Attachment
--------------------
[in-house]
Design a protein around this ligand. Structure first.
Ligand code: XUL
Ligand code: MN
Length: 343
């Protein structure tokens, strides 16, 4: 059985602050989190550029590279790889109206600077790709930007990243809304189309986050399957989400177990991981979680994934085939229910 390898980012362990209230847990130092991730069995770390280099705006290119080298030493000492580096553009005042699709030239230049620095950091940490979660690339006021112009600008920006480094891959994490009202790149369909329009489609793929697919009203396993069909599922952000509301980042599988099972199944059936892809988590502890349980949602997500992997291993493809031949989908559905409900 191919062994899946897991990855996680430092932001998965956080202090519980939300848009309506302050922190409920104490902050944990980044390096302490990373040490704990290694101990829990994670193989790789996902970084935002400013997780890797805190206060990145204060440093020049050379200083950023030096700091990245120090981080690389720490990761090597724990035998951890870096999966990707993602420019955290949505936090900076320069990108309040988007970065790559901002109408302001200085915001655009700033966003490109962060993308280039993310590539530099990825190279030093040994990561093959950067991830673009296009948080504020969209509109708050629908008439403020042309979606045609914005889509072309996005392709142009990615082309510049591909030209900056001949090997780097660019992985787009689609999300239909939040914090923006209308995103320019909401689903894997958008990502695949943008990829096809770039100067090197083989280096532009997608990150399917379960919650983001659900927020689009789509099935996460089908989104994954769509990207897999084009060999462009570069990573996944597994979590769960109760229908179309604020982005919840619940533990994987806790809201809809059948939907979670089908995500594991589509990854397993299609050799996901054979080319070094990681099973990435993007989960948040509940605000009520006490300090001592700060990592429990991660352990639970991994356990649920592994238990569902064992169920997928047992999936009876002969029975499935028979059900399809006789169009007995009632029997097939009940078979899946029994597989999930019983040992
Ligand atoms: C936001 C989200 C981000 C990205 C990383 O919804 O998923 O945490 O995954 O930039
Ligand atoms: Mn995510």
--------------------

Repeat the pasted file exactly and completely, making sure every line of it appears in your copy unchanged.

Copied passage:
[in-house]
Design a protein around this ligand. Structure first.
Ligand code: XUL
Ligand code: MN
Length: 343
């Protein structure tokens, strides 16, 4: 059985602050989190550029590279790889109206600077790709930007990243809304189309986050399957989400177990991981979680994934085939229910 390898980012362990209230847990130092991730069995770390280099705006290119080298030493000492580096553009005042699709030239230049620095950091940490979660690339006021112009600008920006480094891959994490009202790149369909329009489609793929697919009203396993069909599922952000509301980042599988099972199944059936892809988590502890349980949602997500992997291993493809031949989908559905409900 191919062994899946897991990855996680430092932001998965956080202090519980939300848009309506302050922190409920104490902050944990980044390096302490990373040490704990290694101990829990994670193989790789996902970084935002400013997780890797805190206060990145204060440093020049050379200083950023030096700091990245120090981080690389720490990761090597724990035998951890870096999966990707993602420019955290949505936090900076320069990108309040988007970065790559901002109408302001200085915001655009700033966003490109962060993308280039993310590539530099990825190279030093040994990561093959950067991830673009296009948080504020969209509109708050629908008439403020042309979606045609914005889509072309996005392709142009990615082309510049591909030209900056001949090997780097660019992985787009689609999300239909939040914090923006209308995103320019909401689903894997958008990502695949943008990829096809770039100067090197083989280096532009997608990150399917379960919650983001659900927020689009789509099935996460089908989104994954769509990207897999084009060999462009570069990573996944597994979590769960109760229908179309604020982005919840619940533990994987806790809201809809059948939907979670089908995500594991589509990854397993299609050799996901054979080319070094990681099973990435993007989960948040509940605000009520006490300090001592700060990592429990991660352990639970991994356990649920592994238990569902064992169920997928047992999936009876002969029975499935028979059900399809006789169009007995009632029997097939009940078979899946029994597989999930019983040992
Ligand atoms: C936001 C989200 C981000 C990205 C990383 O919804 O998923 O945490 O995954 O930039
Ligand atoms: Mn995510």